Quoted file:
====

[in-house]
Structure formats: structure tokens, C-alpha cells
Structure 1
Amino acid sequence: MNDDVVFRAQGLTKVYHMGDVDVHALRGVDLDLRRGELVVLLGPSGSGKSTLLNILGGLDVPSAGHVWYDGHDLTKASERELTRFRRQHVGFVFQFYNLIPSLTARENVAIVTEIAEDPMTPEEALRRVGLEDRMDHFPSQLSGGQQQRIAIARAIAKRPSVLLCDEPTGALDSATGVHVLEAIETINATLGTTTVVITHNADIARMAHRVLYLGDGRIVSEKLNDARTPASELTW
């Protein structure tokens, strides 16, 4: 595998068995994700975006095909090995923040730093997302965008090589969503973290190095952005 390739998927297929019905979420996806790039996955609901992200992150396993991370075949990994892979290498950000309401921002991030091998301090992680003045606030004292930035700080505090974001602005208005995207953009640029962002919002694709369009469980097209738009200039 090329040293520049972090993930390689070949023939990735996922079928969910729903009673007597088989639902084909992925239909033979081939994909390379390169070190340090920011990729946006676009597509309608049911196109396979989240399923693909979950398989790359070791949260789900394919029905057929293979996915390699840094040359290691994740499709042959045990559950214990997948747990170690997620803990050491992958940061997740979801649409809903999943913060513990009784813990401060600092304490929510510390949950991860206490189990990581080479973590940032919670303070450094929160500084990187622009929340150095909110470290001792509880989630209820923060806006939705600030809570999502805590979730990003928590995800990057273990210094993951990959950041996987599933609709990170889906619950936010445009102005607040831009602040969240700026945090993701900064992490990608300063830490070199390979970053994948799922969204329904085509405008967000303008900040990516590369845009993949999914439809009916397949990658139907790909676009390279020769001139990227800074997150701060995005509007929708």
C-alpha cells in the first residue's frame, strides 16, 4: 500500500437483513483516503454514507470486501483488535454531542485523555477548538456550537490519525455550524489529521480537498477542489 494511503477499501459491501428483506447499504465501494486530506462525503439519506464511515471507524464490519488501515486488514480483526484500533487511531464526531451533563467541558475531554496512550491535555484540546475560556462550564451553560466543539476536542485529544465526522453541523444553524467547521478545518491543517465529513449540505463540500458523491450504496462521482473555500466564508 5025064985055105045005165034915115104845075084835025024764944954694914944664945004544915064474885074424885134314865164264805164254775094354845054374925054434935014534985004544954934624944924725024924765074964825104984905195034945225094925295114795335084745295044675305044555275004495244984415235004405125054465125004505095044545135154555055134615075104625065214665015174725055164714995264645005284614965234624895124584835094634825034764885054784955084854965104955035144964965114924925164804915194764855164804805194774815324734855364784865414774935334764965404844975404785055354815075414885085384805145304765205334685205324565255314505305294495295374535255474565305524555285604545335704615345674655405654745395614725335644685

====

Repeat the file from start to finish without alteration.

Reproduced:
[in-house]
Structure formats: structure tokens, C-alpha cells
Structure 1
Amino acid sequence: MNDDVVFRAQGLTKVYHMGDVDVHALRGVDLDLRRGELVVLLGPSGSGKSTLLNILGGLDVPSAGHVWYDGHDLTKASERELTRFRRQHVGFVFQFYNLIPSLTARENVAIVTEIAEDPMTPEEALRRVGLEDRMDHFPSQLSGGQQQRIAIARAIAKRPSVLLCDEPTGALDSATGVHVLEAIETINATLGTTTVVITHNADIARMAHRVLYLGDGRIVSEKLNDARTPASELTW
């Protein structure tokens, strides 16, 4: 595998068995994700975006095909090995923040730093997302965008090589969503973290190095952005 390739998927297929019905979420996806790039996955609901992200992150396993991370075949990994892979290498950000309401921002991030091998301090992680003045606030004292930035700080505090974001602005208005995207953009640029962002919002694709369009469980097209738009200039 090329040293520049972090993930390689070949023939990735996922079928969910729903009673007597088989639902084909992925239909033979081939994909390379390169070190340090920011990729946006676009597509309608049911196109396979989240399923693909979950398989790359070791949260789900394919029905057929293979996915390699840094040359290691994740499709042959045990559950214990997948747990170690997620803990050491992958940061997740979801649409809903999943913060513990009784813990401060600092304490929510510390949950991860206490189990990581080479973590940032919670303070450094929160500084990187622009929340150095909110470290001792509880989630209820923060806006939705600030809570999502805590979730990003928590995800990057273990210094993951990959950041996987599933609709990170889906619950936010445009102005607040831009602040969240700026945090993701900064992490990608300063830490070199390979970053994948799922969204329904085509405008967000303008900040990516590369845009993949999914439809009916397949990658139907790909676009390279020769001139990227800074997150701060995005509007929708």
C-alpha cells in the first residue's frame, strides 16, 4: 500500500437483513483516503454514507470486501483488535454531542485523555477548538456550537490519525455550524489529521480537498477542489 494511503477499501459491501428483506447499504465501494486530506462525503439519506464511515471507524464490519488501515486488514480483526484500533487511531464526531451533563467541558475531554496512550491535555484540546475560556462550564451553560466543539476536542485529544465526522453541523444553524467547521478545518491543517465529513449540505463540500458523491450504496462521482473555500466564508 5025064985055105045005165034915115104845075084835025024764944954694914944664945004544915064474885074424885134314865164264805164254775094354845054374925054434935014534985004544954934624944924725024924765074964825104984905195034945225094925295114795335084745295044675305044555275004495244984415235004405125054465125004505095044545135154555055134615075104625065214665015174725055164714995264645005284614965234624895124584835094634825034764885054784955084854965104955035144964965114924925164804915194764855164804805194774815324734855364784865414774935334764965404844975404785055354815075414885085384805145304765205334685205324565255314505305294495295374535255474565305524555285604545335704615345674655405654745395614725335644685